Burke — who has pleaded not guilty to racketeering, bribery and extortion charges — was around for more than half of the Council’s first century with 50 wards, and as unofficial Council historian, he’d surely note other milestones for the body.
The Council — which saw its first Black member, Ald. Oscar De Priest, elected in 1915 — didn’t break the gender barrier until 1971, when trailblazers Anna Langford and Marilou Hedlund won seats in the 16th and 48th wards, respectively.
Their elections prompted infrastructure upgrades to Council chambers on the second floor of City Hall, which had been outfitted with spittoons for generations of tobacco-chomping men — but not with a women’s restroom.
Eighteen women will be sworn in Monday, tied for the all-time high set in 2007.
Hedlund, a Daley loyalist, served one term before landing on the Zoning Board of Appeals and later in Democratic national party leadership.
Langford, who was Black, once hosted Dr. Martin Luther King Jr. in her living room to plan a racial integration march on suburban Cicero, before she brought her fight for civil rights to Council chambers.
She was knocked out of office after one term but reelected in the 1980s, when she helped pass a gay rights ordinance in 1989 against employment and housing discrimination. Chicago’s first openly gay alderperson, Tom Tunney, wouldn’t take office until 2003. A record nine LGBTQ+ members will be sworn into the Council on Monday.
Langford also famously goaded Harold Washington into running for mayor in 1983, flashing some “Langford for Mayor” prints and telling the charismatic congressman that if he didn’t run, she would.
‘Beirut on the Lake’
Washington’s “rainbow coalition” win marked a progressive win for Chicago, but also ushered in one of City Hall’s ugliest eras: Council Wars. Led by Ald. Edward “Fast Eddie” Vrdolyak and Burke, the nearly all-white “Vrdolyak 29” stymied all of the Black mayor’s agenda and agency appointments in a stark demonstration of this segregated city’s racial politics.
The Wall Street Journal famously dubbed Chicago “Beirut on the Lake.”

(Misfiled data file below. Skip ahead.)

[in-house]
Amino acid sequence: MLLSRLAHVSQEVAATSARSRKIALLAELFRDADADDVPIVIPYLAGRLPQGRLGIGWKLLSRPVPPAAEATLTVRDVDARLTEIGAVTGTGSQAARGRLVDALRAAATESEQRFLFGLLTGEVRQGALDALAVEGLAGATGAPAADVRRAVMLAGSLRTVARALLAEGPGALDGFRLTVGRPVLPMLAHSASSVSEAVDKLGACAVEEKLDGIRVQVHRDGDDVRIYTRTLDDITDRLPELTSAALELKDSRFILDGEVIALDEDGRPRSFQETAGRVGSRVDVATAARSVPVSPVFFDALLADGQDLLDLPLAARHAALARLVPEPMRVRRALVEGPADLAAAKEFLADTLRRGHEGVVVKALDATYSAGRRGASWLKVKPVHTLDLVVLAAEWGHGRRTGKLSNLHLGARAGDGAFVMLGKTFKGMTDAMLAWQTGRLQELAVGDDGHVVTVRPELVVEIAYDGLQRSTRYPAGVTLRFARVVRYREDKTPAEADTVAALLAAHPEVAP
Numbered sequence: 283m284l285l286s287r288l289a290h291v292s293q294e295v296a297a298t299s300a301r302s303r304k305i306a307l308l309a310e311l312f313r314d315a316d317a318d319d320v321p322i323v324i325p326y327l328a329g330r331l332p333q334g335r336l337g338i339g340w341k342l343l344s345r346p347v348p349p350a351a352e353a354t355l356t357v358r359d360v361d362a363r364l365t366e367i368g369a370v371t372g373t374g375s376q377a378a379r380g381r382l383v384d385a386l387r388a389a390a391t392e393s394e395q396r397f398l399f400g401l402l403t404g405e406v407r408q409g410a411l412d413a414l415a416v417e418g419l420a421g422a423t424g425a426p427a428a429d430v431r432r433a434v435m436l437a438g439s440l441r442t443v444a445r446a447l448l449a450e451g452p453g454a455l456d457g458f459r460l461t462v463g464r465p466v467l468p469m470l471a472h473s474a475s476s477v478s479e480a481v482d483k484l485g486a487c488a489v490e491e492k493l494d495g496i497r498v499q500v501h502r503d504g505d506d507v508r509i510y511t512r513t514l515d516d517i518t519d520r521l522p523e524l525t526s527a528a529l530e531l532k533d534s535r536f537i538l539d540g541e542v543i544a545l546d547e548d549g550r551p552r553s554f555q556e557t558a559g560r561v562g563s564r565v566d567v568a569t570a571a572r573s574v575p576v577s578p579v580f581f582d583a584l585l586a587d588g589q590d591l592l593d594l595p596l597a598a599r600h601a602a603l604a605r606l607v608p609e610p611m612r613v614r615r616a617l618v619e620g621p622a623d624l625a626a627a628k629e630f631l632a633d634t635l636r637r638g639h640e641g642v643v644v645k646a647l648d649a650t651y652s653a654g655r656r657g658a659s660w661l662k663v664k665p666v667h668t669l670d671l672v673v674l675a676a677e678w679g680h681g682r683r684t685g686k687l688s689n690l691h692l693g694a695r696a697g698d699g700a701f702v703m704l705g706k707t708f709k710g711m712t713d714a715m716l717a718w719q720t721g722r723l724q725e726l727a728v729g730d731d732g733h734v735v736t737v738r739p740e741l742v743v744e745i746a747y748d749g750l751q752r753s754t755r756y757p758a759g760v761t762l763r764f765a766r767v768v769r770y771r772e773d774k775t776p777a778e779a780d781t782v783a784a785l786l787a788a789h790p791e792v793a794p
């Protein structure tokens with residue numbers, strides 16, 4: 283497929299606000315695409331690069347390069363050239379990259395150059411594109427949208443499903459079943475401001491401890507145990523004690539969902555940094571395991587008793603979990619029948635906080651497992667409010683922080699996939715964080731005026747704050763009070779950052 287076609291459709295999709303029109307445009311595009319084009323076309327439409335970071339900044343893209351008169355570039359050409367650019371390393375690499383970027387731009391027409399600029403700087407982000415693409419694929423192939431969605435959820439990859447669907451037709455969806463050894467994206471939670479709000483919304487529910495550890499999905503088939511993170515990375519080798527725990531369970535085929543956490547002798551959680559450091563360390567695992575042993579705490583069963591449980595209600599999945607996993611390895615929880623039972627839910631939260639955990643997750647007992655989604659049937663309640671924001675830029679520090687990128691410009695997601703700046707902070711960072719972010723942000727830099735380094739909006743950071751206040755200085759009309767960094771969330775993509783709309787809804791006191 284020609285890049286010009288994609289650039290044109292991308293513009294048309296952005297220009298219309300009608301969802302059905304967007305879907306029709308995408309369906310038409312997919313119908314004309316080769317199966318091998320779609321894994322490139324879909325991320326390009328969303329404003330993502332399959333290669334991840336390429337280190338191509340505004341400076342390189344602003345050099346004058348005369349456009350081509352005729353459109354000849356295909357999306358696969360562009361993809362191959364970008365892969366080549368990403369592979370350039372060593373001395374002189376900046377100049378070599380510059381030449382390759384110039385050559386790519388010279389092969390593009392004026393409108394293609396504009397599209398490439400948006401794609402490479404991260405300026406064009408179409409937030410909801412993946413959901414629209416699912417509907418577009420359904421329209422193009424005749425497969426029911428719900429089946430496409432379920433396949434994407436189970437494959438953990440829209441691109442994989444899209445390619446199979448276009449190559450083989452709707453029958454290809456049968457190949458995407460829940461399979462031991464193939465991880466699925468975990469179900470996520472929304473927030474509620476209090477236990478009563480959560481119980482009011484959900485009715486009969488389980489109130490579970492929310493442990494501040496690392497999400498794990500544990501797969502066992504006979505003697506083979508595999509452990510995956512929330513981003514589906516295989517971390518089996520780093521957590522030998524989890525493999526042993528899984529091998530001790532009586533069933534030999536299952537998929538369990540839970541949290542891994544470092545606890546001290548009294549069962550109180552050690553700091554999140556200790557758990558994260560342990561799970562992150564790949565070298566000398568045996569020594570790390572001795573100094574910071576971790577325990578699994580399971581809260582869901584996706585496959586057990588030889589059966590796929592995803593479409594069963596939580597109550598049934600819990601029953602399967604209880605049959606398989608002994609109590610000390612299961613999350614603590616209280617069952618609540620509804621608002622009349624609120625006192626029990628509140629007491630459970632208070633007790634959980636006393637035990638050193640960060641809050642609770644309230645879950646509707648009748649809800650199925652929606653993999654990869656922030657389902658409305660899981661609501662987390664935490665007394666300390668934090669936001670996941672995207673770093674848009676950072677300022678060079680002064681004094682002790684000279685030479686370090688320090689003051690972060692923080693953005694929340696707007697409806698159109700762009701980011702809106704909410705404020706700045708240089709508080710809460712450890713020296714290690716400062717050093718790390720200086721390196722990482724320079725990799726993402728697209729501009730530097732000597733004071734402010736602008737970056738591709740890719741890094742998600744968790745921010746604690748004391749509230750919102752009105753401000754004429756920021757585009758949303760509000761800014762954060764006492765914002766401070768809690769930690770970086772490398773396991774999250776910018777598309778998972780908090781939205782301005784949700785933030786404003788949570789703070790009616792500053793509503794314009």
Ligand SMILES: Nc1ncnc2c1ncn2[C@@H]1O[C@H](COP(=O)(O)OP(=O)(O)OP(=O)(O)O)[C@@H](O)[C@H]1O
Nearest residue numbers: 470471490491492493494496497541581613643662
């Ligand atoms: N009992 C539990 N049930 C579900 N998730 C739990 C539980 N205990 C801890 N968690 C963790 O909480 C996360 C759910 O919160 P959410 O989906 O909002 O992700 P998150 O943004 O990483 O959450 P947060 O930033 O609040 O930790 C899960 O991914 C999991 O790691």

“Chicago is always the epitome of American politics,” Simpson said. “During Council Wars, it brought out the most extreme visible cleavages in the nation.”
Washington used executive orders to make strides on public housing and the city budget, according to the Chicago History Museum, but the Council gridlock wasn’t lifted until a federal court ordered the city to hold special elections in seven wards remapped to better reflect the city’s Black and Latino populations.
Those ward winners cut the “Vrdolyak 29” to 25, giving Washington the tie-breaking vote to advance his agenda until his death in office in 1987.
Washington’s death sparked more Council turmoil as members of the warring factions battled to appoint his succcessor. The sessions were so heated that Ald. William C. Henry (24th) wore a bulletproof vest to City Hall.
The Council reverted to its rubber-stamp status under the younger Mayor Richard M. Daley and later Mayor Rahm Emanuel, a period in which corruption continuted to fester in several high-profile scandals, perhaps most notably with Operation Silver Shovel in the 1990s. The FBI probe ended with six alderpersons indicted, found to be on the take for letting a debris hauler dump asphalt and concrete waste in protected areas of their wards.
‘This is a total s—- show’
Sweeping corruption probes, including the one leading to charges against Burke, have continued well into the 21st century, as the Council has been faced with new challenges — and shown hints of a more emboldened attitude.
The COVID-19 pandemic sent it into uncharted territory with the first in a series of virtual meetings in 2020. Chaos ensued for a legislative body that was quickly revealed as less than technologically proficient.
“This is a total s—- show,” former 10th Ward Ald. Susan Sadlowski Garza said as the e-meeting devolved in a tangle of hot mics, misdirected replies and general confusion as to “what the f--- they’re voting on,” as one unidentified Council member put it.
The Council asserted at least some of its independence under Mayor Lori Lightfoot, with a rejection of one of her committee chair picks and concerted pushback against budget proposals, among several other rare shows of defiance.
Simpson said he expects that loosening of the “rubber stamp” label to continue under Mayor Brandon Johnson, who supported Council independence on the campaign trail but still foiled a lame-duck power grab by several Council members to name their own committee heads before his inauguration.
And while critics have long called for a downsizing of the Council in line with other major cities such as New York City — which has 51 council members for triple the population — Merriner suggested Chicago ain’t ready for that kind of reform just yet.
“A smaller number of wards would be more efficient, but is that really the goal of the Chicago City Council?”